Yes, ABC News reported tonight that a generic form of Lipitor ranged from $15 to $149 for the same number of pills. All the drug stores were in the same locality. They recommended that you shop around prices before getting your prescriptions filled.
There are a number of pharmacies that Medicare recommends to use that have lower prices and are chains. I do know that Target has lower prices for people who do not have insurance. Costco does as well. On one of my meds it ranged from $1800 to $1200 per month at Costco. Yet problems with some of these places is that their hours are limited and may be difficult to get to. I do agree that shopping around makes perfect sense. A few phone calls is all it takes. chains are good to check but the local mom and pop pharmacy may match whatever you find at the big chains. Happy shopping! Karen
That happens entirely too much, and has been like that ever since I can remember, since I began taking long-term medications over a decade ago! When I began taking medications on a regular basis, I didn't have health insurance, didn't for years in fact, so I had to call around to all the different pharmacies in town to find the cheapest ones for each prescription. Sometimes I had to get different prescriptions filled at different pharmacies because one pharmacy would have the cheapest price for one medication, but another pharmacy would have the lowest price of another medication I'd be taking at the same time, and the price difference was noticeable enough that I'd have to get it filled at a different pharmacy.
It's TOTALLY discriminatory against people who are low-income, have no health insurance but make JUST too much to get Medicaid (I get public assistance and have had to go to the social services office too many times to count, and too many times I've heard people talking about how they made $1, once I even heard something like $0.50, too much in the duration of A WHOLE ENTIRE YEAR, too much to qualify for whatever they just happened to be applying for. NO JOKE, God's honest truth! And I was told that this really happens when I asked a social worker at social services about this one time. It's just... it should be illegal. They should add a $500, or even just a $100, yearly income "cushion" for applicants, so something like that can't happen! That extra yearly dollar DOES NOT mean that they can magically afford whatever benefit they're applying for, ESPECIALLY health insurance, with the ridiculous cost of it, even when offered by an employer, the copay the employers have to pay out for premiums is just INSANE for too many people!) so they have to pay for their prescriptions out of their own pockets, and can't afford their own cars so they rely on their local pharmacy. People in this category usually don't have the time, resources, or both, to go to a pharmacy clear across town to get their medications for the lowest price in town. These places are clearly taking advantage of those who are lower income, and also older people, who can't get around town very well. And also the disabled. I mean seriously, it's clear as day that that's what these places are doing! I consider myself extremely lucky right now that I now have Medicaid, considering the amount of medications I'm on and the retail, out of pocket, prices of my medications. I take Vyvanse which costs $221 a month, and I was on Duragesic fentanyl patches, which without my insurance would cost $2000 a month! I don't even know how much all my other prescriptions would cost out of pocket, though I imagine they wouldn't be very cheap, except for maybe my prednisone, and MAYBE the nortriptyline, too. Maybe one of these days I'll look around and see how much the out of pocket cost for ALL of my prescriptions are, and then add them all up and see how much I would need to pay out of pocket if I didn't have insurance. This is what's really great about the Medicaid expansion, though. Those people who previously couldn't get it because they made $1 too much for the whole entire year can now get the health insurance they so desperately need! This is also why you see so many senior citizens going over the Canadian border to get their prescriptions filled!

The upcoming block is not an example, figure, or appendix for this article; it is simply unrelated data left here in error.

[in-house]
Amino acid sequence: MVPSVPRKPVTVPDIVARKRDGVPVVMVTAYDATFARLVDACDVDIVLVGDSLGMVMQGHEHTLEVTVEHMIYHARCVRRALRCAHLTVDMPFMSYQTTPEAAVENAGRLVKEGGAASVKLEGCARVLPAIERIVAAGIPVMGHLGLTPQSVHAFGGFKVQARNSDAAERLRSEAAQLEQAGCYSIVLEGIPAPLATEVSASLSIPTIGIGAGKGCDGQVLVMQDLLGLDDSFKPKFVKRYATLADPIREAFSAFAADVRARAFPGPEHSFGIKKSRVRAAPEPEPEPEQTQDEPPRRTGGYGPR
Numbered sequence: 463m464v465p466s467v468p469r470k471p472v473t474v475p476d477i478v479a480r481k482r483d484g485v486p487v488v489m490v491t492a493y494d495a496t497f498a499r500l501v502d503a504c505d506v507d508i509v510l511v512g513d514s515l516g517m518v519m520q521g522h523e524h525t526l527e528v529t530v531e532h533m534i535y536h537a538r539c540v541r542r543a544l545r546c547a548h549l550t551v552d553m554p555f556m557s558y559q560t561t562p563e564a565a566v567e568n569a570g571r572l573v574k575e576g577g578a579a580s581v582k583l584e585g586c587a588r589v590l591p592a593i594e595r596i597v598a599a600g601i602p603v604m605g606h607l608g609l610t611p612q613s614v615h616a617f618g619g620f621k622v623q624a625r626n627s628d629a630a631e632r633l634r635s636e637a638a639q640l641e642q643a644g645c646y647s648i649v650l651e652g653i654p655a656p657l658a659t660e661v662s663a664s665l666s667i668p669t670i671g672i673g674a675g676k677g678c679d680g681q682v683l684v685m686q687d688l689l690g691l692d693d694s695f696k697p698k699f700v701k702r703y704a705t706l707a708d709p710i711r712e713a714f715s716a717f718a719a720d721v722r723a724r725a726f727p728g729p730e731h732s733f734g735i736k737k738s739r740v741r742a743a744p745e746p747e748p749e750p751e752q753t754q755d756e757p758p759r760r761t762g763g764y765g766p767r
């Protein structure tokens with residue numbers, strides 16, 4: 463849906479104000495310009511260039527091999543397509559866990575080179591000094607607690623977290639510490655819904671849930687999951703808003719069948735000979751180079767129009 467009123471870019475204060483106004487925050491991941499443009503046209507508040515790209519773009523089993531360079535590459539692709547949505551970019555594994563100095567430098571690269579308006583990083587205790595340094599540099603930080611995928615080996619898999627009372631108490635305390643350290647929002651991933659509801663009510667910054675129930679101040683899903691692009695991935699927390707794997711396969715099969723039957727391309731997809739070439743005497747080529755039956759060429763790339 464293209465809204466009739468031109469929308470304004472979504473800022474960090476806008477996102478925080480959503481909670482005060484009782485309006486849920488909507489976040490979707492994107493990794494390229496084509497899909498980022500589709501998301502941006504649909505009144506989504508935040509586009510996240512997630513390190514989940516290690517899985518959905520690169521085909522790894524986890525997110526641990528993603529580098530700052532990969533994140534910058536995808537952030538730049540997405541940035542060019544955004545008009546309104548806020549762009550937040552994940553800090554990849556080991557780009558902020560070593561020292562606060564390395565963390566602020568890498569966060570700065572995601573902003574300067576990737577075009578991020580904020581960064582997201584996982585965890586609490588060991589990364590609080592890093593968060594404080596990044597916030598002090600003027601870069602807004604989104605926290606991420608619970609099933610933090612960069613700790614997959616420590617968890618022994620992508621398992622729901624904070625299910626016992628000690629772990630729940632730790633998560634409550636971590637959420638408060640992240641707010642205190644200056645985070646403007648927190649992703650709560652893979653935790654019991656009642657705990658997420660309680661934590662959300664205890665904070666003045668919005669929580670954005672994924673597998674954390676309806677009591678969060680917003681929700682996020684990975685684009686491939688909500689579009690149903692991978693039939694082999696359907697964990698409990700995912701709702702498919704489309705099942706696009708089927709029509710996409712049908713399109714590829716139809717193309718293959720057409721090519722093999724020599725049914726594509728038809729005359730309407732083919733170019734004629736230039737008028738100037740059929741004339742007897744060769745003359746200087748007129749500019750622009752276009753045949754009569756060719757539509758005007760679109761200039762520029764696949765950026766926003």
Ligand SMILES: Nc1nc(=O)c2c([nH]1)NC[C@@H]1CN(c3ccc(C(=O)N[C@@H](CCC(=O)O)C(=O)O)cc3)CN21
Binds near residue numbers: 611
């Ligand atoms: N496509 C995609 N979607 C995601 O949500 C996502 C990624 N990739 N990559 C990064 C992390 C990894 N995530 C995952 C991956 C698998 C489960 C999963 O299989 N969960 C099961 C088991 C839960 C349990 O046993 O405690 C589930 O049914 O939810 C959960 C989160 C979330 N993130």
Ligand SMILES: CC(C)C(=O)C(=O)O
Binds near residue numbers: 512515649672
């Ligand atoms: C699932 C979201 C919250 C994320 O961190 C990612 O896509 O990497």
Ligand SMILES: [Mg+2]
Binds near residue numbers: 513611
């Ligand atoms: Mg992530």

I definitely recommend calling around to get the best price. It is a little easier where I live because there are at least 6 pharmacies in a few blocks direction from me but for people who live in rural areas, it is a little harder but dont forget to try grocery store pharmacies, Walmart, Target, etc. and many will match or beat prices. I used to call on the phone and ask the pharmacies for a price check. You tell them the name of the drug, the strength and quantity prescribed and they will give you a price right over the phone. Honestly, if you can afford it, it is often better to try to get a 90 day supply (have your doc write for 90 days, not 30 days and two refills) because a lot of times, the larger quantity you buy the cheaper it is. You would think price would be "per pill" but it is not. Often 100 pills is almost as cheap or cheaper than 30.
- Lipitor Information for Consumers
- Lipitor Information for Healthcare Professionals (includes dosage details)
- Side Effects of Lipitor (detailed)
Search for questions
Still looking for answers? Try searching for what you seek or ask your own question.
Posted 22 Nov 2009 • 7 answers
Posted 11 Dec 2014 • 1 answer
Posted 20 May 2016 • 0 answers
My cholesterol level was 35 points too high. My doctor prescribed Lipitor 20 mg. That sounds high...
Posted 18 Aug 2017 • 1 answer
Posted 31 Mar 2018 • 0 answers